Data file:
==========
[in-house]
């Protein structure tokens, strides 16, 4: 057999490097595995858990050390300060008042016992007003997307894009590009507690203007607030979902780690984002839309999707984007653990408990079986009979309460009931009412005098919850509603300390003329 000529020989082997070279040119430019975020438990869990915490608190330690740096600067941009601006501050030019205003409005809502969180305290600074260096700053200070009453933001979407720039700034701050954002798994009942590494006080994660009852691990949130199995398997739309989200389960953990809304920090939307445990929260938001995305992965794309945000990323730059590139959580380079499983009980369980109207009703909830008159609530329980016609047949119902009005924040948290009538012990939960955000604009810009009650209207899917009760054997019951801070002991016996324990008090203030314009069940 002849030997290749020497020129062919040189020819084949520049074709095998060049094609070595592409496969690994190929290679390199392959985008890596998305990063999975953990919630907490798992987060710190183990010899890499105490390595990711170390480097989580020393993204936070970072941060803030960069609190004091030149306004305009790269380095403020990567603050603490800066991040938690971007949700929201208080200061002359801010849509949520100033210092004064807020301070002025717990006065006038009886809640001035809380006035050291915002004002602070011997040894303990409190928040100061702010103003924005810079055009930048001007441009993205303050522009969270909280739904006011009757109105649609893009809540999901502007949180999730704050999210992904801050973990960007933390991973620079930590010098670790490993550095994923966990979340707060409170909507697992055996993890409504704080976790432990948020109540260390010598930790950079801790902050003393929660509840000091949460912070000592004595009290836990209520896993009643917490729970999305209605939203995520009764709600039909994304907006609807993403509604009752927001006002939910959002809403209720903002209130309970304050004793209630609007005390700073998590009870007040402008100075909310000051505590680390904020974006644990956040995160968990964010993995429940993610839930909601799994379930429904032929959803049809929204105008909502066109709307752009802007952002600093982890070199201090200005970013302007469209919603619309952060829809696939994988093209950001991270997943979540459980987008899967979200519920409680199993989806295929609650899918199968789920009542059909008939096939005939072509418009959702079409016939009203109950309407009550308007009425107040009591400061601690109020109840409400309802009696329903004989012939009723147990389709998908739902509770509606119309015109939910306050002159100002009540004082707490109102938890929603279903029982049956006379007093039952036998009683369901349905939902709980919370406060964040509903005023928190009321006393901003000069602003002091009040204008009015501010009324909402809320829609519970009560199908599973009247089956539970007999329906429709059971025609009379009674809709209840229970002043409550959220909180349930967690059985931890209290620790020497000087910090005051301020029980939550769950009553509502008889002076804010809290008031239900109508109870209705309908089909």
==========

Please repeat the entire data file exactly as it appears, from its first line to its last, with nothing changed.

[in-house]
């Protein structure tokens, strides 16, 4: 057999490097595995858990050390300060008042016992007003997307894009590009507690203007607030979902780690984002839309999707984007653990408990079986009979309460009931009412005098919850509603300390003329 000529020989082997070279040119430019975020438990869990915490608190330690740096600067941009601006501050030019205003409005809502969180305290600074260096700053200070009453933001979407720039700034701050954002798994009942590494006080994660009852691990949130199995398997739309989200389960953990809304920090939307445990929260938001995305992965794309945000990323730059590139959580380079499983009980369980109207009703909830008159609530329980016609047949119902009005924040948290009538012990939960955000604009810009009650209207899917009760054997019951801070002991016996324990008090203030314009069940 002849030997290749020497020129062919040189020819084949520049074709095998060049094609070595592409496969690994190929290679390199392959985008890596998305990063999975953990919630907490798992987060710190183990010899890499105490390595990711170390480097989580020393993204936070970072941060803030960069609190004091030149306004305009790269380095403020990567603050603490800066991040938690971007949700929201208080200061002359801010849509949520100033210092004064807020301070002025717990006065006038009886809640001035809380006035050291915002004002602070011997040894303990409190928040100061702010103003924005810079055009930048001007441009993205303050522009969270909280739904006011009757109105649609893009809540999901502007949180999730704050999210992904801050973990960007933390991973620079930590010098670790490993550095994923966990979340707060409170909507697992055996993890409504704080976790432990948020109540260390010598930790950079801790902050003393929660509840000091949460912070000592004595009290836990209520896993009643917490729970999305209605939203995520009764709600039909994304907006609807993403509604009752927001006002939910959002809403209720903002209130309970304050004793209630609007005390700073998590009870007040402008100075909310000051505590680390904020974006644990956040995160968990964010993995429940993610839930909601799994379930429904032929959803049809929204105008909502066109709307752009802007952002600093982890070199201090200005970013302007469209919603619309952060829809696939994988093209950001991270997943979540459980987008899967979200519920409680199993989806295929609650899918199968789920009542059909008939096939005939072509418009959702079409016939009203109950309407009550308007009425107040009591400061601690109020109840409400309802009696329903004989012939009723147990389709998908739902509770509606119309015109939910306050002159100002009540004082707490109102938890929603279903029982049956006379007093039952036998009683369901349905939902709980919370406060964040509903005023928190009321006393901003000069602003002091009040204008009015501010009324909402809320829609519970009560199908599973009247089956539970007999329906429709059971025609009379009674809709209840229970002043409550959220909180349930967690059985931890209290620790020497000087910090005051301020029980939550769950009553509502008889002076804010809290008031239900109508109870209705309908089909």